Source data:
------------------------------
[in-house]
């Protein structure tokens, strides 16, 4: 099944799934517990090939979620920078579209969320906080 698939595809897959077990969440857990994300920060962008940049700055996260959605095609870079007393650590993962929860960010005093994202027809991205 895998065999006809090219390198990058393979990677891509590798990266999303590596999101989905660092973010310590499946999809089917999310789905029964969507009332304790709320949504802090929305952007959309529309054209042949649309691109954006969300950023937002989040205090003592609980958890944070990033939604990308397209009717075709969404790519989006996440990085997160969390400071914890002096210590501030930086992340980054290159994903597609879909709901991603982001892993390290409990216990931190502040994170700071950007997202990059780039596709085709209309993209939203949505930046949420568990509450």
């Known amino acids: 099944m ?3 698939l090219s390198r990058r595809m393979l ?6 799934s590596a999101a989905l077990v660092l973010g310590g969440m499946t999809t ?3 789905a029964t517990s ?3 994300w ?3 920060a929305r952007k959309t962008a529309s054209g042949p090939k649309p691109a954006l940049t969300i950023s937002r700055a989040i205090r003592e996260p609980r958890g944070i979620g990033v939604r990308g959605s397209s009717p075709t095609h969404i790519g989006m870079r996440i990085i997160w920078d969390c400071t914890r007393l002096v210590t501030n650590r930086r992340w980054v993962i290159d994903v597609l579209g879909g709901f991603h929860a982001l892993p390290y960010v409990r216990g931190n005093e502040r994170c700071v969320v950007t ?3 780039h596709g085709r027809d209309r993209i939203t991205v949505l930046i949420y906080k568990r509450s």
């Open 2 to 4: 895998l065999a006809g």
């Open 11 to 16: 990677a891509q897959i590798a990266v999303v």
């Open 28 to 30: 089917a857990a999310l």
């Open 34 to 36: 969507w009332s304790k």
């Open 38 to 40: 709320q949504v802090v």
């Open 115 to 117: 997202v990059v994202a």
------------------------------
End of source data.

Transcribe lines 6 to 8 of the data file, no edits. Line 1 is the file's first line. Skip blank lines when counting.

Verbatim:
């Open 28 to 30: 089917a857990a999310l």
């Open 34 to 36: 969507w009332s304790k």
């Open 38 to 40: 709320q949504v802090v």